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As Figure 18.6 "South Africa-United States exchange rate, June 2006" shows, exchange rates can be very volatile. In a single month (June 2006), the South African rand depreciated from about 6.6 to 7.4 rand to 1 USD, with various ups and downs along the way. The rand then reversed course and appreciated toward 7.1 rand/USD. Such fluctuations are by no means unusual. Why do exchange rates undergo such gyrations? Figure 18.7 "Determinants of exchange rates in the short run" summarizes the major factors affecting exchange rates in the short run. Note that it looks very much like Figure 18.5 "Determinants of exchange rates in the long run" but with three key differences. First, instead of actual relative price levels, trade barriers, exports, imports, and productivity driving changes, expectations of their future direction drive changes. Given the discussion in Chapter 7 "Rational Expectations, Efficient Markets, and the Valuation of Corporate Equities", this should not be surprising. Second, two additional variables have entered the equation: foreign and domestic interest rates. The intuition behind the first variables is the same as those discussed above, but in the short run, the mere expectation of a change in a variable moves the market. The intuition behind the interest rates is also straightforward. If something increases demand for the domestic currency, like domestic interest rates increasing or foreign interest rates decreasing, it will appreciate. If something reduces demand for the domestic currency, like domestic interest rates decreasing or foreign interest rates increasing, it will depreciate. (If this doesn’t make sense to you, review the discussion in Chapter 5 "The Economics of Interest-Rate Fluctuations" regarding the theory of asset demand.) Because expectations and interest rates change frequently, so, too, do exchange rates under the current floating rate regime.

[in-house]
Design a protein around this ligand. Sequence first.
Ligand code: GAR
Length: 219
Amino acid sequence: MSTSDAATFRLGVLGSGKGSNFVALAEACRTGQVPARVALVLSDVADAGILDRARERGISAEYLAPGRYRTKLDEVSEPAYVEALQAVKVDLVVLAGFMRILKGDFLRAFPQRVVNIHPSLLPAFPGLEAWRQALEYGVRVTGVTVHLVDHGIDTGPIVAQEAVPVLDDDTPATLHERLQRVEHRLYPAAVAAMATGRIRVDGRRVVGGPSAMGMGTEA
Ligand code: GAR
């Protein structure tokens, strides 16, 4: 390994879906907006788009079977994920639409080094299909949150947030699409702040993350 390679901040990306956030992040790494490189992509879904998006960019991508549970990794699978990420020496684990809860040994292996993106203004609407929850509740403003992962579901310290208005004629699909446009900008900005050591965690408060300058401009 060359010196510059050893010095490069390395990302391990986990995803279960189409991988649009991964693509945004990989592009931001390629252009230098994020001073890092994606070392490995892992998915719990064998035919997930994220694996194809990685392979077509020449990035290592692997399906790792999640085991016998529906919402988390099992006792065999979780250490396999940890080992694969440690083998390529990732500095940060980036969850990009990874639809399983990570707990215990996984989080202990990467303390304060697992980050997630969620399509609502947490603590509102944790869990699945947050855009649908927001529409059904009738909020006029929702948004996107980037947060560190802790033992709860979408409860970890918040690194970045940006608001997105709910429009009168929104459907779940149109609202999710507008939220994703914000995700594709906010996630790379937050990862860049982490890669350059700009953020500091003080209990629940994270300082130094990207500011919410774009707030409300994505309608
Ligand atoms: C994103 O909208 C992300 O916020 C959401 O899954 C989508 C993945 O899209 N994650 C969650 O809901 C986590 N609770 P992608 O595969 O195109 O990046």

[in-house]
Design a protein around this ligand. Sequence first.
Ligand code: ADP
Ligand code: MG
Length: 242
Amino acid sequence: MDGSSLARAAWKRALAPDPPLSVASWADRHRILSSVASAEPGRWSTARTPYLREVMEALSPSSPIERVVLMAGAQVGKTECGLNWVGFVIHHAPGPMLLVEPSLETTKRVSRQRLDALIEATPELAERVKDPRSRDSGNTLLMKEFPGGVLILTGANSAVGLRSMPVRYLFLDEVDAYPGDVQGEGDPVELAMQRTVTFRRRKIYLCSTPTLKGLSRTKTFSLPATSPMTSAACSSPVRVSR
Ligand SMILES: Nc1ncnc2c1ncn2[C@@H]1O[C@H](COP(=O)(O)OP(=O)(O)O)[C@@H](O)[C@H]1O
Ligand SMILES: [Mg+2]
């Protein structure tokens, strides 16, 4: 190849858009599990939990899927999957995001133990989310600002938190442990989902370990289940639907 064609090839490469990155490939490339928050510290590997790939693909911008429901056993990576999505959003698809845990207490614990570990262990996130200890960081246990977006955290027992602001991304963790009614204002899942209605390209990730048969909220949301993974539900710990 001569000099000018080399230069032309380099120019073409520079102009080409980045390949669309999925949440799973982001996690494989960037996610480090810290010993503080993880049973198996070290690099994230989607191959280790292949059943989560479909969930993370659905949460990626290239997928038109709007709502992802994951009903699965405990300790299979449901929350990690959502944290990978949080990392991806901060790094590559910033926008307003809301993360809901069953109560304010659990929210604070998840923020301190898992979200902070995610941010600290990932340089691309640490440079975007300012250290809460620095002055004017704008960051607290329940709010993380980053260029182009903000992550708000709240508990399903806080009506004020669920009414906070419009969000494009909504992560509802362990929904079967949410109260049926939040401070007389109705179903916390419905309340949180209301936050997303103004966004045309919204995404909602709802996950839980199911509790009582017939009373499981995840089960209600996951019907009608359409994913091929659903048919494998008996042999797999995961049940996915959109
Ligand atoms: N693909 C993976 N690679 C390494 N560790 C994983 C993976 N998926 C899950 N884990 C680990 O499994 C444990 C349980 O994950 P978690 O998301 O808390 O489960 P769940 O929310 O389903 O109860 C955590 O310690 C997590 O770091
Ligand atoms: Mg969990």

Figure 18.6 South Africa-United States exchange rate, June 2006
Figure 18.7 Determinants of exchange rates in the short run
We learned in Chapter 4 "Interest Rates" that there is an important distinction between real and nominal interest rates. Through the Fisher Equation, we know that the nominal interest rate equals the real interest rate plus inflation expectations. Is that distinction important when considering foreign exchange markets?
Absolutely, and here is why. An increase in nominal interest rates caused by a rise in the real interest rate would leave expectations about future exchange rates unchanged and hence would cause the domestic currency to appreciate. An increase in nominal interest rates caused solely by an increase in inflation expectations, by contrast, would cause the expected future exchange rate to decrease through the expected and actual price level effects. So the domestic currency would depreciate instead.